There are now 150 days until Orioles Opening Day 2016.
You know, I never really figured I'd ever have much personal investment in a court battle between a near-billionaire and a multi-billionaire, but it turns out that when the near-billionaire owns the sports franchise towards which, by dint of my being born and raised when and where I was, I hold a life-long allegiance, I can not only get invested, but excited by any development.
As you may have heard yesterday, the Orioles were winners in court yesterday, but whether that means they will end up getting everything, or anything, they want, is far from certain. Check back on our front page later for some more thoughts on what could be coming next. For now, there's no harm in basking in that victory just a little bit, is there? No, of course there isn't. The biggest reason to bask in that victory is that contemplating other things relating to the Orioles right now - as you'll see in the links - is on the depressing side.
Around the blogO'sphere
Baltimore Orioles Triumph in MLB Civil War Over TV Money - Hollywood Reporter
The Hollywood Reporter was the outlet that first broke the MASN court case as being something that was ongoing. How does that happen? I guess we'd have to ask the baseball reporters about that. Here's their take on what went down.
Judge Rules in Favor of Orioles in TV Rights Dispute With Nationals - The Daily Fix - WSJ
Wall Street Journal is one of those outlets that you'd think would know a bit about money, so when they throw around a figure like the judge threw out an award requiring the Nationals to be paid $300 million, you'd think they would know just how misleading that figure is, because included in that sum is the amount of money that the Nationals have already been paid without dispute.
New York judge sides with Orioles in TV rights dispute with the Nationals (Washington Post)
I'm not saying that you're the kind of person who's going to delight in this comments section, but I'll freely admit to you that I'm that kind of person. "MASN = Mr. Angelos Screws Nationals"? That's gold, Jerry! Gold!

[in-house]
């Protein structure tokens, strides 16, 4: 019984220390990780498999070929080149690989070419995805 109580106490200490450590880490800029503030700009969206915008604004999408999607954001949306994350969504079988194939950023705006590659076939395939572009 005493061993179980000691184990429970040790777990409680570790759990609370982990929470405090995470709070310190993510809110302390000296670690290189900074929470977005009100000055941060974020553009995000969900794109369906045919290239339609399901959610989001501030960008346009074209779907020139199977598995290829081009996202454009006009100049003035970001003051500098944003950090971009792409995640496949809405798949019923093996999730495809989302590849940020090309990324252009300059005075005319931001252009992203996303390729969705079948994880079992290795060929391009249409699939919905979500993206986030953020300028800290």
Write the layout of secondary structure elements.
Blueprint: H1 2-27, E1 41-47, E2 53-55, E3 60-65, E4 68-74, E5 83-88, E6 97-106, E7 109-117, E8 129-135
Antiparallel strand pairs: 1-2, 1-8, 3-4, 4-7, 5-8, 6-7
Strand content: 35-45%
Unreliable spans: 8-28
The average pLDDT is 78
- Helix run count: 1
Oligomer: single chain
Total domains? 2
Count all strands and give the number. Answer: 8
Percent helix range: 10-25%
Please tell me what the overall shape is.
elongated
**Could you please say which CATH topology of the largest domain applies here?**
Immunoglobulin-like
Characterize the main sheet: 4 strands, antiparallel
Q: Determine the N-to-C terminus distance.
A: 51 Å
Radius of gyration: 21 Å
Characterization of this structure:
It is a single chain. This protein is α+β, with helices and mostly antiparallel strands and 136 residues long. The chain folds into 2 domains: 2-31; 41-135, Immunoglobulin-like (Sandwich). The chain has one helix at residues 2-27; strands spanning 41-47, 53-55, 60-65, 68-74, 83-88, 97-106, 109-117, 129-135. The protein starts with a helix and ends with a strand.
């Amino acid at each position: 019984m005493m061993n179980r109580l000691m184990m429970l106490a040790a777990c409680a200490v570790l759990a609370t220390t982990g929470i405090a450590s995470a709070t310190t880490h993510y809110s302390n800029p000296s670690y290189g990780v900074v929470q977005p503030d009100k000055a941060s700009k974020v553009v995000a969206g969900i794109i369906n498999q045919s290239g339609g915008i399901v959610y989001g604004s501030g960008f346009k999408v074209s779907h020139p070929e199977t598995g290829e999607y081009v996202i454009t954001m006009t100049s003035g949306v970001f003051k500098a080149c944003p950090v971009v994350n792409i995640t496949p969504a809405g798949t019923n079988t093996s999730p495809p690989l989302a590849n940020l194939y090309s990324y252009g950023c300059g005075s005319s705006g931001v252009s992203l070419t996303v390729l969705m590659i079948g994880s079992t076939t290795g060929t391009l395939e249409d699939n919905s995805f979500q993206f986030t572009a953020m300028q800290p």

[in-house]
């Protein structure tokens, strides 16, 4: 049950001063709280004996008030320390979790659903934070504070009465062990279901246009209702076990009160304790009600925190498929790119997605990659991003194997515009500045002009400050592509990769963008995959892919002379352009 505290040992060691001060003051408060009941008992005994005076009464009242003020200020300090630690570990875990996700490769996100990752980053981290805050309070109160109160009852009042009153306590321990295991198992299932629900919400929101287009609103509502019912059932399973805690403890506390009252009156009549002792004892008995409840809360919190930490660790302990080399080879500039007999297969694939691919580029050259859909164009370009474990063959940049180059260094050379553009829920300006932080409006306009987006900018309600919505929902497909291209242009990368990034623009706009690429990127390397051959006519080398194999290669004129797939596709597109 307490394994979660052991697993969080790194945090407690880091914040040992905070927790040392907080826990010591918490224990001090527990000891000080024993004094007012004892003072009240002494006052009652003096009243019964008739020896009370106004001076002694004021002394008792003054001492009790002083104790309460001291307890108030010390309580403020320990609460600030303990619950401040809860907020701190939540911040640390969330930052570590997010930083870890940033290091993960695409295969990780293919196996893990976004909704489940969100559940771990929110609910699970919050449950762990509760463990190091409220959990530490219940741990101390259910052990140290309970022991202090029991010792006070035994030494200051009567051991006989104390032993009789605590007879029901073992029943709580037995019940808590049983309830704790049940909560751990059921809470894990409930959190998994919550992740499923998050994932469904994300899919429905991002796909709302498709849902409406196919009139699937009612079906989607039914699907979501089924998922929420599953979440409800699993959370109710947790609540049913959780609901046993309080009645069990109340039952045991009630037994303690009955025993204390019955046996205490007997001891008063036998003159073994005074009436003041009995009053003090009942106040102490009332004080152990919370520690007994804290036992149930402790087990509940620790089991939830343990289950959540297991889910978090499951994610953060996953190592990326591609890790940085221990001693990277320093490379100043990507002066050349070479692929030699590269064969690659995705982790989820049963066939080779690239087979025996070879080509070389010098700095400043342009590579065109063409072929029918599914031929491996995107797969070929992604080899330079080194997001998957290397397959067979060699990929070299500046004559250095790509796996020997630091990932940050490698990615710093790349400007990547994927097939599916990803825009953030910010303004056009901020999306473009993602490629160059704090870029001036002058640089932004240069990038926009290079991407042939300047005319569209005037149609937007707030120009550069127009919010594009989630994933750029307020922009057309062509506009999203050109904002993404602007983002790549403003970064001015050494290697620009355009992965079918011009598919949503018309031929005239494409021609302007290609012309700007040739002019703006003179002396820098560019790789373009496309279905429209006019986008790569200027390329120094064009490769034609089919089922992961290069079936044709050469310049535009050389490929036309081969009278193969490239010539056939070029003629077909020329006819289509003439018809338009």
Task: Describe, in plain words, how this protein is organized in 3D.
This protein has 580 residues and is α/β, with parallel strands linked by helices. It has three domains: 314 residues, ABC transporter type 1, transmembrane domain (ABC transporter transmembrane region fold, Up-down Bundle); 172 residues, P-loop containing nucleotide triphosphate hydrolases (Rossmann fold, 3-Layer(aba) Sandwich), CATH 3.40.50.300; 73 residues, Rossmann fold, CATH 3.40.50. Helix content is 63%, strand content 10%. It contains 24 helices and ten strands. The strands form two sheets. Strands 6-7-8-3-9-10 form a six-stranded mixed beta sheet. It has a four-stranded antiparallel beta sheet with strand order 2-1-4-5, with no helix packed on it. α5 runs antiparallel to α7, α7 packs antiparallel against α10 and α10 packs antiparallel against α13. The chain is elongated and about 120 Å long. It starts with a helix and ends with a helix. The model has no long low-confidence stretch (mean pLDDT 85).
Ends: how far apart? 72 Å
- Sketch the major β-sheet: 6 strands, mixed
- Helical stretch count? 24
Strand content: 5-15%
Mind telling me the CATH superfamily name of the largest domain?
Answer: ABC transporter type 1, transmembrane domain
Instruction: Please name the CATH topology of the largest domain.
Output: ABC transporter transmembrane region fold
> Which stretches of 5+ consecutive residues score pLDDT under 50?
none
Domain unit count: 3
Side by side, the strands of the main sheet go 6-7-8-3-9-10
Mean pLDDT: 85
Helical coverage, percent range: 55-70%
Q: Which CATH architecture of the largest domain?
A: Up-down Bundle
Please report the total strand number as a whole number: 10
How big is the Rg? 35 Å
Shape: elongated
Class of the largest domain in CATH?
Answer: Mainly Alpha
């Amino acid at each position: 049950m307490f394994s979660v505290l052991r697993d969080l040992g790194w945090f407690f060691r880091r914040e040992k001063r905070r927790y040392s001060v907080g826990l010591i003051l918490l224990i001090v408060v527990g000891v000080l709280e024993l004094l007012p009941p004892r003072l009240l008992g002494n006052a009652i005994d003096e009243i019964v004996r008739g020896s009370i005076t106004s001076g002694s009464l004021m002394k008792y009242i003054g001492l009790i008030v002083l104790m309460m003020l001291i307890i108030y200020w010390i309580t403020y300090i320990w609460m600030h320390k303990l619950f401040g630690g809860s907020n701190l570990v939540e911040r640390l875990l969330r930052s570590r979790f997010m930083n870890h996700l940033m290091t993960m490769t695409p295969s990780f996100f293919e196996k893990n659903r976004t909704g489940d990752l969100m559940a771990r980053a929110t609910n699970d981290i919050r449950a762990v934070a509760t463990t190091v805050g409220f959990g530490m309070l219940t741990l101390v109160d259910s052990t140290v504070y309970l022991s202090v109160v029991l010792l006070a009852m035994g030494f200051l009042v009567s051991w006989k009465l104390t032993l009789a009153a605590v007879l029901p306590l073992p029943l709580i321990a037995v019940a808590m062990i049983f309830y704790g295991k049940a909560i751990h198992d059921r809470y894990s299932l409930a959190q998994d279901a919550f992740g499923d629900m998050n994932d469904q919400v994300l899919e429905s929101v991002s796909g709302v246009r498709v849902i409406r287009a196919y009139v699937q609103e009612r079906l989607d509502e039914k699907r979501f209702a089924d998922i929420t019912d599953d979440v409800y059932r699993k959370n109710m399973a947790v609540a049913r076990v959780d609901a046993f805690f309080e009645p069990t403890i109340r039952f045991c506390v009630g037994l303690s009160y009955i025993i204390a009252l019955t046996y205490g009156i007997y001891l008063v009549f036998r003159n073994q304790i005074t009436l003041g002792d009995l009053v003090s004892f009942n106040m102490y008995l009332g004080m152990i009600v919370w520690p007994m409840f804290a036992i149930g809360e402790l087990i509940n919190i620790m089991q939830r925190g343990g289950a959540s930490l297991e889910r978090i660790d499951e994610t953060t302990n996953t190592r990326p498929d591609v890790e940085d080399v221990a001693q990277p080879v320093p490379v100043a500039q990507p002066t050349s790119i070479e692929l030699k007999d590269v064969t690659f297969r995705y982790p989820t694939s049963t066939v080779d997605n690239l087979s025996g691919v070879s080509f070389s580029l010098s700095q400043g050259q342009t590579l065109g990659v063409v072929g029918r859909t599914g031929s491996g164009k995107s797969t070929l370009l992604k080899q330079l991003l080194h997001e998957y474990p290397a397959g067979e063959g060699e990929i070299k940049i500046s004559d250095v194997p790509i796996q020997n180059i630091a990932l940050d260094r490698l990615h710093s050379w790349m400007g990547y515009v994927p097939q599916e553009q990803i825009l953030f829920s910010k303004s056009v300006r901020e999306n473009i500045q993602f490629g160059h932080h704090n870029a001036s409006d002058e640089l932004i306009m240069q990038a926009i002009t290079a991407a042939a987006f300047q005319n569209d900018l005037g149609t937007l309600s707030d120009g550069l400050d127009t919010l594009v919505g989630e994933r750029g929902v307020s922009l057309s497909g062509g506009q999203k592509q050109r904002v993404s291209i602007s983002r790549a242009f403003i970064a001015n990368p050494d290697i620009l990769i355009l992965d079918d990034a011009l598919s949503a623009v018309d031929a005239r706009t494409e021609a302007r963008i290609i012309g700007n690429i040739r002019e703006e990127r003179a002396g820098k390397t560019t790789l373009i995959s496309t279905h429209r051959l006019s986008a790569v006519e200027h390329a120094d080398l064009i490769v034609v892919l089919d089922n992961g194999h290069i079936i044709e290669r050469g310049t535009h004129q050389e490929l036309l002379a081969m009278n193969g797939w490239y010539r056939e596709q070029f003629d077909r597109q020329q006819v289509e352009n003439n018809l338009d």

Steve Melewski: Notes on Adrian Marin, World Series odds, Statcast numbers and more (Almanzar note)
If you've been losing sleep wondering over the fate of Michael Almanzar, this is the article for you.
I'm about to figuratively punch you, then wind back and punch you a second time. I'm sorry.
And that's why any little minor victory in such off-the-field matters as the MASN court case is worth some excitement, because honestly... just LOOK at those headlines. Good grief. We're screwed. Everything is terrible. There's no one to replace a guy who batted .237/.268/.357 over 238 plate appearances with lamentable defense? Get out of here with that argument, beat writers.
There are some Orioles for whom things are going well, though:
Berg: Orioles end Chapman Park era on a high note (The Chippewa Herald)
It is the ongoing editorial position of this blog to celebrate the successes of all Orioles teams, everywhere. The Orioles of Stanley-Boyd High School in Stanley, Wisconsin were 37-0 winners over Durand last weekend in a divisional playoff matchup that will prove to be the final football game in their long-time home stadium. They'll be in the semifinals this weekend. The name of the new stadium set to open next fall? Oriole Park.
Birthdays and anniversaries
One lone former Oriole has a birthday today: Javy Lopez turns 45. I sometimes find myself wondering why I was ever excited that the O's signed a 33-year-old catcher to a three-year contract. We'll always have the time he homered off Pedro Martinez in his first Orioles game. I've heard there's one long-time Camden Chatter who was a big Javy fan. By the way, the winning pitcher in that game was Sidney Ponson.
Is today your birthday? Happy birthday! Along with Lopez, your birthday buddies include: America's most famous socialist, Eugene V. Debs (1855); cowboy actor Roy Rogers (1911); my grandma; musician Ike Turner (1931); musician Art Garfunkel (1941); basketballer Bill Walton (1955); X-Men and others actress Famke Janssen (1964); golf dude Bubba Watson (1978); and everyone's favorite Australian DJ, Flume (1991).
On this day in history...
In 1605, Guy Fawkes was arrested. You've probably heard the verse. Remember, remember, the fifth of November...
In 1831, slave leader Nat Turner was tried, convicted, and sentenced to death for leading what was the deadliest slave uprising in the United States - between 55-65 were killed. There were 56 blacks executed for participating, and it's believed up to 200 more were killed in retaliation.
In 1872, suffragist Susan B. Anthony voted for the first time. As this was illegal at the time, she was later fined $100 for voting.
In 2006, Saddam Hussein was sentenced to death for his role in the 1982 Dujail Massacre, in which he responded to an assassination attempt by having people tortured until they started admitting things, and later, having them killed.
And that's the way it is in Birdland on November 5 - at least, unless something happens later. Have a safe Thursday.